Discipling tends to be relational for men. For me, that’s meant meeting with a group of guys for coffee or breakfast on a weekly basis to build trust and relationships. In that environment,  men feel comfortable to ask questions. 

I’m also a groups leader coach and I try to help men get to know each other on a deeper level. We need to be ready to ask deeper or better questions. Don’t focus on work all the time. I like to ask questions like, “How’s your wife?” or “Are you being a better father or worker or husband?”

Also setting aside a time and place and inviting men to come has worked well, too. Sometimes that’s one on one time, group discussions, or a quiet Bible reading.

Q:  How do you stay intimate with little ones in the family?

A:  I recommend the Coffee + Crumbs podcast series. They interviewed a Christian sex expert. It was really helpful. 

Robert says that scheduling it can help! If you leave it up to feeling good or feeling in the mood, it’s probably not going to happen. What’s important is to create an environment of openness and safety where you can talk about intimacy without shame, guilt or fear.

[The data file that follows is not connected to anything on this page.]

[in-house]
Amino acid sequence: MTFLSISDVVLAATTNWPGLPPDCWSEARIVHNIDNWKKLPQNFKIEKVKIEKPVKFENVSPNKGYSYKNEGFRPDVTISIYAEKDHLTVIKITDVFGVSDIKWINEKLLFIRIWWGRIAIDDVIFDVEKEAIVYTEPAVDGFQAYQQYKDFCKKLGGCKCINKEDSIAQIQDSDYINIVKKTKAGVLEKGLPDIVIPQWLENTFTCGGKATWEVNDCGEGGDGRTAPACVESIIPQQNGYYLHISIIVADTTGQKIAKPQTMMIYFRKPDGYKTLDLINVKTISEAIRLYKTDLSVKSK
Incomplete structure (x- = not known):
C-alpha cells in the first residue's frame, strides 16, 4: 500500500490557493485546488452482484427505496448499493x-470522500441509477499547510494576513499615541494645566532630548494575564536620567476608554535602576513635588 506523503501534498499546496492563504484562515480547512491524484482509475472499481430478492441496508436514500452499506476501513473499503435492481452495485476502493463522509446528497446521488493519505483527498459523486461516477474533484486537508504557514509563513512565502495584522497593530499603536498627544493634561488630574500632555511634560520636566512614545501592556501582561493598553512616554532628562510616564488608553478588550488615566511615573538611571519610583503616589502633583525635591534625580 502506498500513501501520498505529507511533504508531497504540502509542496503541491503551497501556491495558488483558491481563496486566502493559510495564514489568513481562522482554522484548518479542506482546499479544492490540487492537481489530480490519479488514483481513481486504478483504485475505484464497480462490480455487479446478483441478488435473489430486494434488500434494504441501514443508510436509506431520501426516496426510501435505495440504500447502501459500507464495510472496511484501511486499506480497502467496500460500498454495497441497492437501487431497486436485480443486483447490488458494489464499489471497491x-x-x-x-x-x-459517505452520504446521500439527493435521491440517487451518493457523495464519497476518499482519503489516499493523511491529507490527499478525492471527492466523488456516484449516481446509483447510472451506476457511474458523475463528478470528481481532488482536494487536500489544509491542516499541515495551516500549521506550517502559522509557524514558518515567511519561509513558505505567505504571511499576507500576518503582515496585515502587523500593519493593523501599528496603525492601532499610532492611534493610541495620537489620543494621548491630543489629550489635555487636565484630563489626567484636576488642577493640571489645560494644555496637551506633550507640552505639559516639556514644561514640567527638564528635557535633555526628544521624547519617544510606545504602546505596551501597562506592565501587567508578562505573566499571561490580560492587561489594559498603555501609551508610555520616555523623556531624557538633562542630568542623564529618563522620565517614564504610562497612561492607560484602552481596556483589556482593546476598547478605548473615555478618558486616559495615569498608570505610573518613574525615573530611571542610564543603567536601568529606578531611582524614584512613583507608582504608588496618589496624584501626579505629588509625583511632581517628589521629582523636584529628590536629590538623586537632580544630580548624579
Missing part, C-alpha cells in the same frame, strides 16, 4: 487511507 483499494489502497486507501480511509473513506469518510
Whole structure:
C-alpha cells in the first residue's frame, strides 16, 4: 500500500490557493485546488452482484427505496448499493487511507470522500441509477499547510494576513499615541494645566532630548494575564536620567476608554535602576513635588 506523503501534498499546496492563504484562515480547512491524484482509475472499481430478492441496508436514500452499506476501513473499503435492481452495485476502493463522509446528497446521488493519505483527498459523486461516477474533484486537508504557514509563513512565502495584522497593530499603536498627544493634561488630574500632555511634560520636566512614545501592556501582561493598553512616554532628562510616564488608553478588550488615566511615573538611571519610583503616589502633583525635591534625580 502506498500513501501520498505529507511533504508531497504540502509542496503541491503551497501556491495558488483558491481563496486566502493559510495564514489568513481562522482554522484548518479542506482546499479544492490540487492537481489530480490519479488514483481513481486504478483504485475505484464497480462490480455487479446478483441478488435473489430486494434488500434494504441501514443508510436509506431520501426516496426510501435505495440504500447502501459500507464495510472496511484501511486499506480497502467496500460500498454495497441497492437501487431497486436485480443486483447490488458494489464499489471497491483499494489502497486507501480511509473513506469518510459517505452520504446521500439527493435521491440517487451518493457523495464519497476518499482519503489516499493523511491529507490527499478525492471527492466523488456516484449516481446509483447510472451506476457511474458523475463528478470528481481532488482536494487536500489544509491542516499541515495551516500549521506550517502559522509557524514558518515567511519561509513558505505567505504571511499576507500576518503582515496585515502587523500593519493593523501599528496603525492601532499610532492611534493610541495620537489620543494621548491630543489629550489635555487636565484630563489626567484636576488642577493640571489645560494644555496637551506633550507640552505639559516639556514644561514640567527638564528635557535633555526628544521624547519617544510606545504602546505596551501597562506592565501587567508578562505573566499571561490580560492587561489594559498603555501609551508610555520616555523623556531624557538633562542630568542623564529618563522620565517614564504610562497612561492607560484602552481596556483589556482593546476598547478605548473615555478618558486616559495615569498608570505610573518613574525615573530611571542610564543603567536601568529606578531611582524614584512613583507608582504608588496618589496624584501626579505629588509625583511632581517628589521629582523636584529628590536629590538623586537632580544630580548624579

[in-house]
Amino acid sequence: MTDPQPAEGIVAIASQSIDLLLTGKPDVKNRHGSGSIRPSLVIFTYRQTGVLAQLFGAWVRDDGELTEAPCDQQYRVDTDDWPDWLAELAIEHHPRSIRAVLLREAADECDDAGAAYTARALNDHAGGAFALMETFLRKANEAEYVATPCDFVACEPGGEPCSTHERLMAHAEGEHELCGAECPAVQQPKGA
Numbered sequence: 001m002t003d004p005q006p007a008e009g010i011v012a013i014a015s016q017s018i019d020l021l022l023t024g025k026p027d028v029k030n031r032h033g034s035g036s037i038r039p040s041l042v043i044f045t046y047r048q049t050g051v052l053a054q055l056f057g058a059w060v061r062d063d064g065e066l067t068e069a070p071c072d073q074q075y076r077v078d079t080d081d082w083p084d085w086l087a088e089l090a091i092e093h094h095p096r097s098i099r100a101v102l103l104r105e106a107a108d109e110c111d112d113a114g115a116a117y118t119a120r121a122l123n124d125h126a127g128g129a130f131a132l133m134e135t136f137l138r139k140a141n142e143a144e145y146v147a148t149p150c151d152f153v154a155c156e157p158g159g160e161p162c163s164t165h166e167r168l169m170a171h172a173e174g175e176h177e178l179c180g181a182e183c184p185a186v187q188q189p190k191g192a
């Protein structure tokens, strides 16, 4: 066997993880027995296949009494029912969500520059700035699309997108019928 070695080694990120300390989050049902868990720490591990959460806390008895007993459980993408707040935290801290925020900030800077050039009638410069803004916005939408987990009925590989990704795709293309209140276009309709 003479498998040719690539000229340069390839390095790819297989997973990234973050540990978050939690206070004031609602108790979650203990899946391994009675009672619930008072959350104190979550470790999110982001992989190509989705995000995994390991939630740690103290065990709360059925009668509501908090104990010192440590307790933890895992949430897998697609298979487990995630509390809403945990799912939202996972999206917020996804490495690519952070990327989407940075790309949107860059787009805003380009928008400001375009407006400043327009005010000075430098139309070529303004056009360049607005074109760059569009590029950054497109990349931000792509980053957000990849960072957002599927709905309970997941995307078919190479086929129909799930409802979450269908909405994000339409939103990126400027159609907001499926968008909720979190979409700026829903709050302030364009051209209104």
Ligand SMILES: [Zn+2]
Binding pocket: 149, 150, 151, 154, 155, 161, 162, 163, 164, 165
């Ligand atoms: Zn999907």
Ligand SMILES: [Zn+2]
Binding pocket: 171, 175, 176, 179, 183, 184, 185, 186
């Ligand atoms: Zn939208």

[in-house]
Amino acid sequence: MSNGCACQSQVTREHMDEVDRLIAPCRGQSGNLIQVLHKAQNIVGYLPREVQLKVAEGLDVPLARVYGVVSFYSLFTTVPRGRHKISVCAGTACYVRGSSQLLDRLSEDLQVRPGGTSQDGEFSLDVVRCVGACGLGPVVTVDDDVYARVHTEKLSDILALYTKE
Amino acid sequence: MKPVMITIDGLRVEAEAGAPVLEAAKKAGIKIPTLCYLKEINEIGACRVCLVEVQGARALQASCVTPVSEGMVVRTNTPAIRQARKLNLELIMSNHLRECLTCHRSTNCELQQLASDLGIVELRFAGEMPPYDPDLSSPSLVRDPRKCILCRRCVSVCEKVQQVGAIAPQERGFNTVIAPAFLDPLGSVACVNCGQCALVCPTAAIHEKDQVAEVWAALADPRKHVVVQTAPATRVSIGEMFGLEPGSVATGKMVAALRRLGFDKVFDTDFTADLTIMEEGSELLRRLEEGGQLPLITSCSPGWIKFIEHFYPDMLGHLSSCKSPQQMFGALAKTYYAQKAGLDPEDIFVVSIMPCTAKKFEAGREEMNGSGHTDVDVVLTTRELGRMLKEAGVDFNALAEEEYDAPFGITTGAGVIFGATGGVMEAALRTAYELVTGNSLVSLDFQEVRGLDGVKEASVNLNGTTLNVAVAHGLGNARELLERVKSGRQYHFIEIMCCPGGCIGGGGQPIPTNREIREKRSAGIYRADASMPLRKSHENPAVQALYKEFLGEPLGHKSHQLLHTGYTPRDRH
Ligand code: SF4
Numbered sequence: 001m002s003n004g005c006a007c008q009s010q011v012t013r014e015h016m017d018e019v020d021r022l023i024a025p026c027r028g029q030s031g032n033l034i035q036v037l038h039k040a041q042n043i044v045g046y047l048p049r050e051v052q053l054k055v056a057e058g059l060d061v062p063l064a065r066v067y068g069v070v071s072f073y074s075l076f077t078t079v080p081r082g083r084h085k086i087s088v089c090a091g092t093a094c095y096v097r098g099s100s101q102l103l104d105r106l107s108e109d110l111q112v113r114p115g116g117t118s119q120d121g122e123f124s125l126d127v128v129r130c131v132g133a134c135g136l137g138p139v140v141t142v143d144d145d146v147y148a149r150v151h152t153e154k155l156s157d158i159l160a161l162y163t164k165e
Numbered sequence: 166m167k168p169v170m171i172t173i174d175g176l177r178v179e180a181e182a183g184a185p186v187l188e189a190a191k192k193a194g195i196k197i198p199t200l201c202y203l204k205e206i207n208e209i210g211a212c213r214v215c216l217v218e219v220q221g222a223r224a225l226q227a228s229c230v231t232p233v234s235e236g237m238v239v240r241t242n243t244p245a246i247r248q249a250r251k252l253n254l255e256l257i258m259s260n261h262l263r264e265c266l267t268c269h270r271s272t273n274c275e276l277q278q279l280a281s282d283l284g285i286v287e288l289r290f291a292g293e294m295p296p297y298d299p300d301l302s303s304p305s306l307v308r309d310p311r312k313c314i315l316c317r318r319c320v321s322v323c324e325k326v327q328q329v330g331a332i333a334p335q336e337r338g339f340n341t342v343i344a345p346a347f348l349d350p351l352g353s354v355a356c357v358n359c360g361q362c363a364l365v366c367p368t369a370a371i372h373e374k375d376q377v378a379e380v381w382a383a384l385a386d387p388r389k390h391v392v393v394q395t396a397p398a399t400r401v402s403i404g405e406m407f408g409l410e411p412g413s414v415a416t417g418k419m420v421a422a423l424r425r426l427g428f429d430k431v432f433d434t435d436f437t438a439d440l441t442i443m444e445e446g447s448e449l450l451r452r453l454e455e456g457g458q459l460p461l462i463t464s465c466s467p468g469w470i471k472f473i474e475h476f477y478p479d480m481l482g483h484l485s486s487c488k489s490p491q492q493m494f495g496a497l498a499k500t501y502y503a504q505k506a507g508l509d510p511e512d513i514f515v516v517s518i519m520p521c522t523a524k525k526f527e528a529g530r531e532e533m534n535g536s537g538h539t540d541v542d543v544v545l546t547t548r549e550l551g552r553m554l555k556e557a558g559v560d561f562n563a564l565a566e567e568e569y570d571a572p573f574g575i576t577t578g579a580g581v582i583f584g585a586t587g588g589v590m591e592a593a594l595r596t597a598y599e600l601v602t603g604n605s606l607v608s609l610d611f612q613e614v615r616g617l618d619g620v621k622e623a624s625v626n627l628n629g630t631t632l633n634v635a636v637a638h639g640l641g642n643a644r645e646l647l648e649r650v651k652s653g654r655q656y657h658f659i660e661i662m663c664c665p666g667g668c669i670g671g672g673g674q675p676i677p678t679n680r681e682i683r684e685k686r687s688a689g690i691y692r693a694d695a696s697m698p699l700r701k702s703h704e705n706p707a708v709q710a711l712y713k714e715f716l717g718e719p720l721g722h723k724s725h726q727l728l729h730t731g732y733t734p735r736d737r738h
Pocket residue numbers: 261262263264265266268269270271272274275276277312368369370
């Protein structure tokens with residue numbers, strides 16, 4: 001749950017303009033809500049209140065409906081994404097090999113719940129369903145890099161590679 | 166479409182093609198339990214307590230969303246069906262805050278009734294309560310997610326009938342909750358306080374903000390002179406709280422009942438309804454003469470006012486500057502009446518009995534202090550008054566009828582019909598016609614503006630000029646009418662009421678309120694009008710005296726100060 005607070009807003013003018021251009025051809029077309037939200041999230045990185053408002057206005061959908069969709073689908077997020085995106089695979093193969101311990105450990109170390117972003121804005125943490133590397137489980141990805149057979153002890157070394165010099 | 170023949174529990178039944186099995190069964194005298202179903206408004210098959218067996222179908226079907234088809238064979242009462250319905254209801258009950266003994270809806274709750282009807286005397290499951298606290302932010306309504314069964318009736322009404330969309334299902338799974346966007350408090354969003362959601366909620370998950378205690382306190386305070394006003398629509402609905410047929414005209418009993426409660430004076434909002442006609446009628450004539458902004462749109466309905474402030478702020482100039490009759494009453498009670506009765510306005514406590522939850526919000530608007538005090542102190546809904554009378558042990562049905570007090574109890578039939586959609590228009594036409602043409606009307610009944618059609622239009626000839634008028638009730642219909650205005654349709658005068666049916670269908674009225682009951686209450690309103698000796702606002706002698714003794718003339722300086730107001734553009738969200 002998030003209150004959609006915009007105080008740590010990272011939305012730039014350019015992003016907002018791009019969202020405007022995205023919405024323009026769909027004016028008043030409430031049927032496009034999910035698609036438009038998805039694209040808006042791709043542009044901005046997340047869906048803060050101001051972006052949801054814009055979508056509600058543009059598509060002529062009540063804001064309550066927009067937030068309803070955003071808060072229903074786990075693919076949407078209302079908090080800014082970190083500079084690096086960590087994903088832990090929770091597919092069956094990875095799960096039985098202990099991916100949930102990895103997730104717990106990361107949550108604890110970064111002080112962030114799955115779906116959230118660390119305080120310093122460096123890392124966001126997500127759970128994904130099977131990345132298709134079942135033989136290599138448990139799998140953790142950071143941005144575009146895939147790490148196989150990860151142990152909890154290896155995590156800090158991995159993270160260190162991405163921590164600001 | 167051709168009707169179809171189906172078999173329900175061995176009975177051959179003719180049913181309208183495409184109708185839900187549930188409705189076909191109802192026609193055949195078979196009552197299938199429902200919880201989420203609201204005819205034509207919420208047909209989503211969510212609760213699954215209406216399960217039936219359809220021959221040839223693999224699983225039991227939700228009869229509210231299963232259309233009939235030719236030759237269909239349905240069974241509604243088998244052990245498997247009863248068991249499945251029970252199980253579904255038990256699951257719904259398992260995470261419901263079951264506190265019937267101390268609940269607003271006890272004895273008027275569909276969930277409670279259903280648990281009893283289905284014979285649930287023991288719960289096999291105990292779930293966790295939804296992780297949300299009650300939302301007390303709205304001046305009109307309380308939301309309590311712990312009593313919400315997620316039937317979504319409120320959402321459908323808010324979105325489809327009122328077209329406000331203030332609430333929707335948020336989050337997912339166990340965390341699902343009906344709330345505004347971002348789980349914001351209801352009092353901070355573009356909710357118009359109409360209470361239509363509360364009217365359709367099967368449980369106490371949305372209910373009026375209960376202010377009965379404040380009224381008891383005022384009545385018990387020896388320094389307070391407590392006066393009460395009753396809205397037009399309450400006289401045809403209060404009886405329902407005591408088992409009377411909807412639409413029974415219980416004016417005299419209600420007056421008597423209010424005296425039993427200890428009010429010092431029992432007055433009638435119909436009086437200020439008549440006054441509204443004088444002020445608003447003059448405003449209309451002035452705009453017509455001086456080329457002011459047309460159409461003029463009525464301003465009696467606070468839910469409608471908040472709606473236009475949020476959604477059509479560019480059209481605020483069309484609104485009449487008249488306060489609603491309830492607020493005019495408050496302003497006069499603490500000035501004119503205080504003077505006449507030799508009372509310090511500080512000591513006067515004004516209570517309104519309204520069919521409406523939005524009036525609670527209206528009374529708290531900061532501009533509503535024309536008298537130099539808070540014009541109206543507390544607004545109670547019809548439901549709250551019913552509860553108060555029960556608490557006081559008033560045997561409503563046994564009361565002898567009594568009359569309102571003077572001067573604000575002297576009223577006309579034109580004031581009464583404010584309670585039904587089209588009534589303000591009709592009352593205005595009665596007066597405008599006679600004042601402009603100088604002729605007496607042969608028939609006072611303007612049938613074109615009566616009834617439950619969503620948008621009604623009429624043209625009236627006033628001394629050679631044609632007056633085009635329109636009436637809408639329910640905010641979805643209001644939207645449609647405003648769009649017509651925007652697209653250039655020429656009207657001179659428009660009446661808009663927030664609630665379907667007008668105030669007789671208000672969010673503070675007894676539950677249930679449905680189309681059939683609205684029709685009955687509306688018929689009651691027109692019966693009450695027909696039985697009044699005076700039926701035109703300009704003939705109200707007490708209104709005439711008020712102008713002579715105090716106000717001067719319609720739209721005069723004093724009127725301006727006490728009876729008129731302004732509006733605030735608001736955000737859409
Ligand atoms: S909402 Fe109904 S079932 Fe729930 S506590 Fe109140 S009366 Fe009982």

This circles back to what you do during singleness and engagement will follow you into your marriage. 

Q:  How does a woman encourage her husband to go deeper in his relationship with God?

A:  Deep and fervent prayer is the most important thing. The Holy Spirit is the One who draws us into relationship in the beginning and all the way through. Nagging and brow beating just won’t work. 

You, your church, and your environment can set a good positive example. Continue to be an example of the fruit of righteousness to him. 

It’s okay for you to be the one who initiates ideas like, “Are you interested in reading through this Bible plan with me this year?” The man doesn’t have to be the one who comes up with all the ideas. It just might not be his skill! So bring it up if you feel led, but be genuine! 

The Lord showed me that prayer is the only way to change hearts. He wants us to relinquish control and trust Him.

Marriage Books: 

The Meaning of Marriage

You and Me Forever

Marriage and the Mystery of the Gospel 

Theology Books: 

Practical Theology for Women

None Like Him


Coffee & Crumbs on Sex Part 1 and Part 2

Risen Motherhood on "How Can Mom Support Dad Spiritually

For more on Christian marriage and parenting, follow our daily Instagram stories here.